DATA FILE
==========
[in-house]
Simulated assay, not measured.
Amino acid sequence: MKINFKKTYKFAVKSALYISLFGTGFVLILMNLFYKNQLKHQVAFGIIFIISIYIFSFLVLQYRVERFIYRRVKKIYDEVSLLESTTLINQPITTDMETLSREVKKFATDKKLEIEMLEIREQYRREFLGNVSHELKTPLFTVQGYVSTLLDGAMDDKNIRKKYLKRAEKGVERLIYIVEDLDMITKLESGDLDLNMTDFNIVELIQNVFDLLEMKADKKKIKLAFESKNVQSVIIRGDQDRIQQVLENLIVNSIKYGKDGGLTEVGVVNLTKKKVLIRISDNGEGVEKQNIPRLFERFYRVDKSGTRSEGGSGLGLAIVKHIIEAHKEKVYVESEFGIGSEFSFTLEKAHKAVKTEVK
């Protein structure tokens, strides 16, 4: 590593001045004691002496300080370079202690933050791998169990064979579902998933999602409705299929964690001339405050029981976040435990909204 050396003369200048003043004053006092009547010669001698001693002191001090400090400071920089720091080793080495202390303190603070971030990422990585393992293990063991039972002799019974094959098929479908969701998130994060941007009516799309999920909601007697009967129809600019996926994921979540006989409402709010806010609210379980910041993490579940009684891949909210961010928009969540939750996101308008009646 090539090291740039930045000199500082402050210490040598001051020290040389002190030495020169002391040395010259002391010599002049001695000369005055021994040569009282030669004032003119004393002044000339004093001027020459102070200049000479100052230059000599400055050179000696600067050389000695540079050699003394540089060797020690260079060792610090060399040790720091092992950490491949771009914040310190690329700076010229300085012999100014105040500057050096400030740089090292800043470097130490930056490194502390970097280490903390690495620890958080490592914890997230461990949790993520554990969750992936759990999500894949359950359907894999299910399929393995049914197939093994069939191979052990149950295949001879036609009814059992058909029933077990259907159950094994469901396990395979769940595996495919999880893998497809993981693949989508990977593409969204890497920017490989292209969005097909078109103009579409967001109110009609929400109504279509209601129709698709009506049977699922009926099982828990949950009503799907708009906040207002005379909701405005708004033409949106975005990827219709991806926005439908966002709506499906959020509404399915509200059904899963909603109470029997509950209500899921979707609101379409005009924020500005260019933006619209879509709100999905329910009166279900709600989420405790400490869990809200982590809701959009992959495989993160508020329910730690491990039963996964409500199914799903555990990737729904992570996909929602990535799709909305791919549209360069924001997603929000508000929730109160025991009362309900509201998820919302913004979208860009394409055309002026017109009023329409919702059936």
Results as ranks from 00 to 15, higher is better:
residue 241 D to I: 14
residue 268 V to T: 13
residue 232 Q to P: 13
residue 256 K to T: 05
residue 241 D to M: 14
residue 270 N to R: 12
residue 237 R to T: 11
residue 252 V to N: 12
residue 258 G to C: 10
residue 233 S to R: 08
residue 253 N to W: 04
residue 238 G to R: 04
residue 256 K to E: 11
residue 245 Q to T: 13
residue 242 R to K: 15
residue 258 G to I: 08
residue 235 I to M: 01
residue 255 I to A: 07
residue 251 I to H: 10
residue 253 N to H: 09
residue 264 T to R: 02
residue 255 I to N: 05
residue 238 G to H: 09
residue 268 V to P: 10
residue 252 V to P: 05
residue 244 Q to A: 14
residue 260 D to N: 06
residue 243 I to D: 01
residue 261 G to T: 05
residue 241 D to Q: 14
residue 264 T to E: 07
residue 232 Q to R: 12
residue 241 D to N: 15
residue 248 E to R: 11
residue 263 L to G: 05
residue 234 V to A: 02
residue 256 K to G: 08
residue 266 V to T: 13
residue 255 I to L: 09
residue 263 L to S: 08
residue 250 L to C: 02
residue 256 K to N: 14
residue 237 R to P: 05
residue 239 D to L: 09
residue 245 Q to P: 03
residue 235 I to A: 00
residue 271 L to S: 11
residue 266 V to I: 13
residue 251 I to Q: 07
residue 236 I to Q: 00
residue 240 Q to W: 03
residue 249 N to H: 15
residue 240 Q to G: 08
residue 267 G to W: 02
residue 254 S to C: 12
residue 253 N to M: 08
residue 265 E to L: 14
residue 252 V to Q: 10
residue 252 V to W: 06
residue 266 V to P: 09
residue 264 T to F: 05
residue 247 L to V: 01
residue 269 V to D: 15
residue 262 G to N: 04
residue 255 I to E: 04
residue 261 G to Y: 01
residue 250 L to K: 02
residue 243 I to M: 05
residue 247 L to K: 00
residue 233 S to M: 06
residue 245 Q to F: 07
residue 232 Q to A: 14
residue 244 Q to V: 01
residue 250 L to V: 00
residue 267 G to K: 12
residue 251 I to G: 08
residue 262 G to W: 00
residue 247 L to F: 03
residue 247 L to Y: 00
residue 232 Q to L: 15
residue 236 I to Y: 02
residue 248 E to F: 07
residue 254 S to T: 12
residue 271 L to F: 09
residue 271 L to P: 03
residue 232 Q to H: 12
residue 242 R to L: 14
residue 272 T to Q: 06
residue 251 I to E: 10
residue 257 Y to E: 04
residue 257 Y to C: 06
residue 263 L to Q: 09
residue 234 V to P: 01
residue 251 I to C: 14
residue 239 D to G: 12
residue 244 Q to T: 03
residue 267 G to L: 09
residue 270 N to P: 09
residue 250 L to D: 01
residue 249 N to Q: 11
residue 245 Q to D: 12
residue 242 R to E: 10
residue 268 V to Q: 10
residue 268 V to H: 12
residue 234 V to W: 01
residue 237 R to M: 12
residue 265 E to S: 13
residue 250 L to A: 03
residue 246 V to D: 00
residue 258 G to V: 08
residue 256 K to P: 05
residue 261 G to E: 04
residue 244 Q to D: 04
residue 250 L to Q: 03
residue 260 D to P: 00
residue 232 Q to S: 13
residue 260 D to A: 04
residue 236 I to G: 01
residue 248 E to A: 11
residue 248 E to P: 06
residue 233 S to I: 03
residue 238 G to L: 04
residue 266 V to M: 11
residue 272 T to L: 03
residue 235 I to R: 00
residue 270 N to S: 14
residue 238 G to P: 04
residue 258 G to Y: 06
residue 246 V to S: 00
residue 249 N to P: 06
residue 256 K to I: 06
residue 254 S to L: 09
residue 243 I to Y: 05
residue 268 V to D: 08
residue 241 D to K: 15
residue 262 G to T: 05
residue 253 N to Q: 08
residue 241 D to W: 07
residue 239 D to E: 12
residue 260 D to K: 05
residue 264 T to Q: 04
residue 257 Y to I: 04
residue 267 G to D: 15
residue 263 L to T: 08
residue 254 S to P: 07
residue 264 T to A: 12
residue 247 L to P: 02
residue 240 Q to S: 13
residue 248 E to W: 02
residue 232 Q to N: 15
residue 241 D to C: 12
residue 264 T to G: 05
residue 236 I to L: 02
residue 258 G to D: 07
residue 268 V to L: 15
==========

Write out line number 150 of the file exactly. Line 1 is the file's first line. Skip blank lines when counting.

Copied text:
residue 254 S to P: 07